Hands-On Review:Korg D-Series XD Desktop Studios
Korg D-Series XD Desktop Studios
Extend your recording power to a new level
By Louis Hanson
This is the voice of the revolution-the desktop recording revolution-and we the people have won! It has been an amazing few years, during which desktop digital recording has not only become commercially viable, it has also grown in power to the point where you can now rival professional- level quality on a machine that costs less than it would to hire a studio for one normally complex band project. If you don't believe it, check out Korg's newest D-Series studios, the D16XD and especially the D32XD. These units are nothing short of incredible.
I was hot to get my hands on these machines. I was already familiar with Korg desktops (a D1600 was my first setup). I've found that Korg gets a lot of things right. Their studios have been easier to use than most other desktops, and Korg has kept up with technological advances. I was eager to check out the new Extended Definition units because Korg itself seemed excited about them. I expected to be impressed.
Love at first mix
When I finally had the D32XD sitting before me I found it sleek, clean, uncluttered, and BIG! While others have been trying to squeeze more controls and more tracks onto smaller and smaller surfaces in the name of portability, Korg has gone the other way. The size of the D32XD -almost 27" wide-makes it feel like a real studio console when you're sitting in front of it. The control surface, as a result, has finger room between the controls. It lets you tweak without using tweezers.
Next I was impressed by its great specs and general capabilities. It is a complete solution-as you would expect-able to handle everything from laying raw tracks, mixing and editing, mastering, and burning a final CD. Along the way, however, it's a little more complete than other similar units: 4-band parametric EQs on each channel with hi and low shelving, and eight analog compressors on the inputs. It's packed with effects and has 27 processors you can use simultaneously on the D32XD, and 11 on the D16XD.
Another big feature of the D32XD is 16-track simultaneous recording capability (with optional AIB-8 board added) which makes it especially usable for a band that wants to get its stuff down. So many bands buy a desktop studio only to find that they can't really record as a band on it. They have to do it piecemeal which for a lot of groups tends to kill the very band thing they have going. With 16 tracks to work with, most bands can lay down a basically complete first pass and capture their live energy.
Then one can build a recording up to a full 32 tracks. Each of the 32 playback tracks has 8 virtual tracks giving you a lot of room to experiment. Both XDs are the first D-Series studios to have mastering-to-stereo capability, and this function on the XDs has nice touches such as 8 virtuals for the Master Track (everyone in the band can do their own mix) and 8-band parametric EQing for intensive sound shaping.
Fast and easy
Korg hasn't abandoned its emphasis on making its gear easy to use. Rather, Korg seems to have emphasized ease of use even more in the XD studios. For instance, the D32XD has a vastly improved screen. First it flips up so you can read it easily. Secondly, it's big-way larger than the screens on other units of its kind. This facilitates anything you do on it. Also, it is a TouchView screen so you don't have to work with a mouse or scroll buttons, and it has improved resolution. All these features add up to that wonderful thing: effortless editing. You can see what you're doing and you just touch the screen to select menus and parameters.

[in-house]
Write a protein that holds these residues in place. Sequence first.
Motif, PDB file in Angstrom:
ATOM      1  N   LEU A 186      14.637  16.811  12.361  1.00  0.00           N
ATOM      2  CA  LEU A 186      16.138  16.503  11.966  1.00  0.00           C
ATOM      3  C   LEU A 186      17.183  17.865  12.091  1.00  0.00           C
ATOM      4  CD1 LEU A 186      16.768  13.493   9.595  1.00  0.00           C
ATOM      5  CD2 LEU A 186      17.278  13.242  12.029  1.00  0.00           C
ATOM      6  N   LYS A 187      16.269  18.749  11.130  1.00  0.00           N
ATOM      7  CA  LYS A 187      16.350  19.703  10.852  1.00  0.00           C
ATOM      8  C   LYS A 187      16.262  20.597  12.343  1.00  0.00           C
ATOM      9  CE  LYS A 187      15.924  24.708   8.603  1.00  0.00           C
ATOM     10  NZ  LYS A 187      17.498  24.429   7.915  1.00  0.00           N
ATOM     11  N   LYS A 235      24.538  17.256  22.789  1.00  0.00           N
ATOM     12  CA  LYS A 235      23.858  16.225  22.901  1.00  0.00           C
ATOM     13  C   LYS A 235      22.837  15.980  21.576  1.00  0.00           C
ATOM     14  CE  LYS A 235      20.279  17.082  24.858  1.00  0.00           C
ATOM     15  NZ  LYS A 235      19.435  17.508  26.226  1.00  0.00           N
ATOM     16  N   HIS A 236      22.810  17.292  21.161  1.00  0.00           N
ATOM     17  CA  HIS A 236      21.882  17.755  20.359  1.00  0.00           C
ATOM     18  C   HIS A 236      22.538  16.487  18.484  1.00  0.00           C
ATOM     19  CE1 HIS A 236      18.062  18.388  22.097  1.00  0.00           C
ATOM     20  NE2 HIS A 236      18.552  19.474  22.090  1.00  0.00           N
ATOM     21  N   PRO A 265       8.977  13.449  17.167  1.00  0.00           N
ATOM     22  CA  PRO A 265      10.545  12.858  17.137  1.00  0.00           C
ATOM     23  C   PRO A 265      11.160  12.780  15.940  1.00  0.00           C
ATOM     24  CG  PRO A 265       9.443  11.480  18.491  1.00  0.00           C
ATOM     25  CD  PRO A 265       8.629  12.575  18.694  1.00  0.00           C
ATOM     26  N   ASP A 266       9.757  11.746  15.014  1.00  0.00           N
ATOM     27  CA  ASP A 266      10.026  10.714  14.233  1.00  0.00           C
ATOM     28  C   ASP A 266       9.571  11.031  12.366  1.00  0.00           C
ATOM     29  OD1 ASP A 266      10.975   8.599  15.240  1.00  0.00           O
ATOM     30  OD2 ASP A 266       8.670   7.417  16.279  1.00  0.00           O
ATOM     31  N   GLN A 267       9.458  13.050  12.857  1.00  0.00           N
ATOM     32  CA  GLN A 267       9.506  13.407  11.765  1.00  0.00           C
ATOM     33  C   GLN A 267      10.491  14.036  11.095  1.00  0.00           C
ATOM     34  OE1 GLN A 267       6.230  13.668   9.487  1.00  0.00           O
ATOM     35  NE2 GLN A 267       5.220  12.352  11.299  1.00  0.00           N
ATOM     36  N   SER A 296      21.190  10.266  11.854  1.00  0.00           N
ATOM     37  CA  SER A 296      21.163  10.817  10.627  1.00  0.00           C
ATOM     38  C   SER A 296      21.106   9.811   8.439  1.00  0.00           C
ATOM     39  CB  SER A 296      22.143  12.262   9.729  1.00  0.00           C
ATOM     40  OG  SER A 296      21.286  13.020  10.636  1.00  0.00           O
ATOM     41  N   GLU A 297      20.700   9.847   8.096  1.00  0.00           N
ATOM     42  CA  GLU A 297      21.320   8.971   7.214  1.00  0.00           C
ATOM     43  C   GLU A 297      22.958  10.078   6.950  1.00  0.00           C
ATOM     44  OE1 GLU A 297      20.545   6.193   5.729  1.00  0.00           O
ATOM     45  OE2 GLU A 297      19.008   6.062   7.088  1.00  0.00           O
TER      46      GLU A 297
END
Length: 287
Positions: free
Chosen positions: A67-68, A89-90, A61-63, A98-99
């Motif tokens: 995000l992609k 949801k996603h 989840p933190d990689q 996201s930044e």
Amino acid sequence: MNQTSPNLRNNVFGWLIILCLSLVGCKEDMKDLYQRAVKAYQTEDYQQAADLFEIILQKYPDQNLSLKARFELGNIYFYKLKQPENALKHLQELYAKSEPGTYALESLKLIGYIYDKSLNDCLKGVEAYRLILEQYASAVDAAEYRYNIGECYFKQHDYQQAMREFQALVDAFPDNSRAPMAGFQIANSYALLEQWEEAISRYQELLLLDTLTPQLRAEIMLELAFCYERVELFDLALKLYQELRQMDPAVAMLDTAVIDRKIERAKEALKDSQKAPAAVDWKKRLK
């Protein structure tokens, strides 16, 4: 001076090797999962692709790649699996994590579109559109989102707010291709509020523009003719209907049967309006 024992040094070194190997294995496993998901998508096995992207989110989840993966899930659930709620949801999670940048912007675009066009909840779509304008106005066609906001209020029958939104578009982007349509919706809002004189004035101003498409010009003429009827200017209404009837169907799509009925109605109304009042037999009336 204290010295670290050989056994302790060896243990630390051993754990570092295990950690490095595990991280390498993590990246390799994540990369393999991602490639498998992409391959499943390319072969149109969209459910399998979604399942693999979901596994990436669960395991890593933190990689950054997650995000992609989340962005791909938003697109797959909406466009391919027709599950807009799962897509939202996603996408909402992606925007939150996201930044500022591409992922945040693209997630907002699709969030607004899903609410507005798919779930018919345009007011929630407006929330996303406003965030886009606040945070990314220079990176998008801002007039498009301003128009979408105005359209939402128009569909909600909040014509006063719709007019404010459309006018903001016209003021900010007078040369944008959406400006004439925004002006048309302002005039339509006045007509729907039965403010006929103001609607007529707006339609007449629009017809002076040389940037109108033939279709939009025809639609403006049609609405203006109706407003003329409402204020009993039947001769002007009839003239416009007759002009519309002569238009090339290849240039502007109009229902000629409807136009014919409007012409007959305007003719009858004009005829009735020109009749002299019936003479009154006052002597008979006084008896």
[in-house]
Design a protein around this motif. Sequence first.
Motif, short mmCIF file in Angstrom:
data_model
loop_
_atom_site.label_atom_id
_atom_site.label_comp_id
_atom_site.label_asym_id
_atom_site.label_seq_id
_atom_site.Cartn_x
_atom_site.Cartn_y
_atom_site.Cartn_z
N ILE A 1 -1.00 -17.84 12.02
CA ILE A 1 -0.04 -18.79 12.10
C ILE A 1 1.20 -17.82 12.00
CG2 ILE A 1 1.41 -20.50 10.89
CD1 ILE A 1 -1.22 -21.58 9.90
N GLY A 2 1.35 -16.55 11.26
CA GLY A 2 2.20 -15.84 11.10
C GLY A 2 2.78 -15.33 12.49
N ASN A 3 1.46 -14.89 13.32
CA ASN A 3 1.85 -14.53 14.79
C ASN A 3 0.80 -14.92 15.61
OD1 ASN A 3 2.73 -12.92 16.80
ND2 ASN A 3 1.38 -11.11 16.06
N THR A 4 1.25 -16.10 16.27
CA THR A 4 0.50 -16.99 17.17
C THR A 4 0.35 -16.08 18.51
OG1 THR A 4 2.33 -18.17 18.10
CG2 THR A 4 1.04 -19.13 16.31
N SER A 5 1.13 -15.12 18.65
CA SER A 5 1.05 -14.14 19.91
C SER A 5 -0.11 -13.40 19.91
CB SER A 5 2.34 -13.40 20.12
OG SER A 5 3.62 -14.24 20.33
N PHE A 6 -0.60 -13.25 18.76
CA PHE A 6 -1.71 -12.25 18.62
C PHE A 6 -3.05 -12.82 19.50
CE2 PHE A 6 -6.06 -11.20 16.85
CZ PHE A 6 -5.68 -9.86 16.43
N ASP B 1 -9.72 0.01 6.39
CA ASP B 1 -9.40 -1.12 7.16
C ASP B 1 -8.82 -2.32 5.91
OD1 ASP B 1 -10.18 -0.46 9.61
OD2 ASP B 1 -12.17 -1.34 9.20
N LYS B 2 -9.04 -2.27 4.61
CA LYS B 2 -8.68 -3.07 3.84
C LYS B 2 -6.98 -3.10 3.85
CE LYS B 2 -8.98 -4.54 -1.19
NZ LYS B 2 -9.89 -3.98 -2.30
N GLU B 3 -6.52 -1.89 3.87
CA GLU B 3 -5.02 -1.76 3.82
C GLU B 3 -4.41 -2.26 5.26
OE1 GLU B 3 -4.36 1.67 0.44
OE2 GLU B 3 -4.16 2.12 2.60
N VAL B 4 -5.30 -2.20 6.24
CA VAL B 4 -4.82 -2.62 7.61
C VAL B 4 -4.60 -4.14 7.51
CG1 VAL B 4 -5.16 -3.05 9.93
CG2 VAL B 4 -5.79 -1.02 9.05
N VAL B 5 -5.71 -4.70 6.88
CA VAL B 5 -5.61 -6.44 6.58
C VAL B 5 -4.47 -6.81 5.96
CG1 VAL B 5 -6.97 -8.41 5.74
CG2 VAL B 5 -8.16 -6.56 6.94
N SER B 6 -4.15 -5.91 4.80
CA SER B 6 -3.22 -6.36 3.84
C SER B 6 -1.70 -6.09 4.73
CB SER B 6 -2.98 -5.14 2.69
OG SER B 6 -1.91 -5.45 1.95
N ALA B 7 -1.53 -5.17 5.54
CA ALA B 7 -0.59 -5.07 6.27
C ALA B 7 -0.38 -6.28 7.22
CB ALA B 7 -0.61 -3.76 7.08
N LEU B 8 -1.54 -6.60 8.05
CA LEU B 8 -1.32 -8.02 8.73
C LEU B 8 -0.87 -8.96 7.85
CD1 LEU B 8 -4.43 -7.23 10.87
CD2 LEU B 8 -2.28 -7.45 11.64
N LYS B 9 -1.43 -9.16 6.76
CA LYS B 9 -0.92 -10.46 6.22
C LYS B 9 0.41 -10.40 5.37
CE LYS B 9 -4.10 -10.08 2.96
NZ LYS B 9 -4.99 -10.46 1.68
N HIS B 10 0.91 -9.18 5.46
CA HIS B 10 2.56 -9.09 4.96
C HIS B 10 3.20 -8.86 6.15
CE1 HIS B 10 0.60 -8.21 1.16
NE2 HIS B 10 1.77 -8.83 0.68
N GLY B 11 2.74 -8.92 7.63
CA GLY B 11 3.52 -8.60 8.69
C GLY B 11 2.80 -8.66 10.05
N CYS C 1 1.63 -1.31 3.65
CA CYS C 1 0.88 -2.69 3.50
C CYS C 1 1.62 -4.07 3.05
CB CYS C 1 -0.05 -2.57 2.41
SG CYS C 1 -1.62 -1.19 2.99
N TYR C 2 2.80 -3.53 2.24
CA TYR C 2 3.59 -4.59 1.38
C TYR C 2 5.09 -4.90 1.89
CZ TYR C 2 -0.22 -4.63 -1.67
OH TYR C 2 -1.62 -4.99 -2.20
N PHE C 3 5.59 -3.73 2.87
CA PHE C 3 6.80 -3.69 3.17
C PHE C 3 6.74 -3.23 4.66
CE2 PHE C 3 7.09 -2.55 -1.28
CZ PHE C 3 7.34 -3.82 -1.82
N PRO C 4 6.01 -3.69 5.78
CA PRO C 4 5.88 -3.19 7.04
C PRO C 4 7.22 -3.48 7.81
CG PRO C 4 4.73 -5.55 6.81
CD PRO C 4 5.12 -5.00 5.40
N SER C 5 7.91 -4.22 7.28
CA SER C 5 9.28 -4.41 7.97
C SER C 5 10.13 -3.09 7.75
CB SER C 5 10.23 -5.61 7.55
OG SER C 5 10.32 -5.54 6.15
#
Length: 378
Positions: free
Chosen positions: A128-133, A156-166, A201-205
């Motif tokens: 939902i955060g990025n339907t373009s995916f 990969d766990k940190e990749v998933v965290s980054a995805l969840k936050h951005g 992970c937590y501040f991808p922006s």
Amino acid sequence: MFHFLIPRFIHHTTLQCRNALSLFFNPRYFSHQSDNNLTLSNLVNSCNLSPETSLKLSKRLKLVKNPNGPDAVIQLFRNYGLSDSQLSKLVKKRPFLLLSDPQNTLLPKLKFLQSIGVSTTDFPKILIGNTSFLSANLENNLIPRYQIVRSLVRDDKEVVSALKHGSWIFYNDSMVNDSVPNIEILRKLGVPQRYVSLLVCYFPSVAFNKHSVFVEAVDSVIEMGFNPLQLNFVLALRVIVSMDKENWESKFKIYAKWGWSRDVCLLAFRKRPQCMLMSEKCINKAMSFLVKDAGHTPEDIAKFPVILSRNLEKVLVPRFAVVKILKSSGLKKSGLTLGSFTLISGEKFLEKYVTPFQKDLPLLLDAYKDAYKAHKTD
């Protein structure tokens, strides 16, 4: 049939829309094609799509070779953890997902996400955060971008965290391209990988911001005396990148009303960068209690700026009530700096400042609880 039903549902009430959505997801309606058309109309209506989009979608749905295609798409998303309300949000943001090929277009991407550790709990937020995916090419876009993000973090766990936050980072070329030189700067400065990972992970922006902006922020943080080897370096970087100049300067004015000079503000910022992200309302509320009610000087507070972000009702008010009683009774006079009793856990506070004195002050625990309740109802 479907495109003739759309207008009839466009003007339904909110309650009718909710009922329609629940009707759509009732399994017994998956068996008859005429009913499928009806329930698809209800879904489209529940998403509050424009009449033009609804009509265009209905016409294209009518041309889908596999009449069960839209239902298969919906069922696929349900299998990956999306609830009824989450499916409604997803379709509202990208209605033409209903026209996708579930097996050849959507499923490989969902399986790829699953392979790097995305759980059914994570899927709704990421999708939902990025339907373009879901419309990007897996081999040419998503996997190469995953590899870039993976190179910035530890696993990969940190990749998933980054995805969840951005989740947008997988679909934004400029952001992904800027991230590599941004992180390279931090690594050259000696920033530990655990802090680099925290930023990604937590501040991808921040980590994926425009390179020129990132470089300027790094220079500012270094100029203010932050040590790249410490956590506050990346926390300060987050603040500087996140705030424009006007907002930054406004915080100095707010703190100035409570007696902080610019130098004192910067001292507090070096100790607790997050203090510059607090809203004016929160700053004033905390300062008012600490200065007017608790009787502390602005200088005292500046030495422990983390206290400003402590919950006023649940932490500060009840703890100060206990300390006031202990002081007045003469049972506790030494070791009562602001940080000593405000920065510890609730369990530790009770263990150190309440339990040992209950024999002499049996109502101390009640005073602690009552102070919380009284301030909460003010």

Other things enhance the XDs' ease of use as well. For example, they have buttons and knobs below and to the right of the screen. These are used for adjusting or applying effects, EQ changes, and such-the things you really use a lot, especially when editing and mixing. They facilitate common operations. Hit the button and you're there; turn a knob to make a realtime change. Easy.
Flying faders on the D32XD (not on the D16XD) are another cool addition. These along with dynamic automation get you back into a project quickly and allow you to work the board on a mix as if you had a whole bunch of hands and the ability to remember the fine detail of a mix you worked on a month ago. The machine does it for you, and it's a trip to watch the faders move themselves.
The XDs' editing capabilities are practically limitless. You can swap, delete, move, bounce, normalize, copy, reverse, or fade tracks in and out. They even have expansion and compression tools for making tracks longer or shorter, in pitch or with altered pitch. You can do it all on the XDs and, once again, that big TouchView display facilitates the process enormously.
Space doesn't permit a comprehensive list of the XDs' features, but here are some highlights: S/PDIF optical I/O, USB, an 80GB hard drive (40GB on the D16XD), full MIDI functionality that includes transport, fader movement (on the 32), and effects changes sending and receiving. A/D conversion at 24-bit/64 times oversampling, and D/A conversion at 24-bit/128 times oversampling, plus high-level internal processing for supreme audio quality, enhanced by analog compression and superior mic preamps.
In short, the D32XD is a true dream machine, and the D16XD is a little brother (smaller, with 11 effects processors and without motorized faders and automation), but still a very nice device. If Korg's XDs don't convince you that the desktop recording revolution has triumphed and the people are now in power, nothing will.
Features & Specs:
Korg D32XD 32-Track Xtended Definition Recording Studio
D16XD features same as the D32XD except for: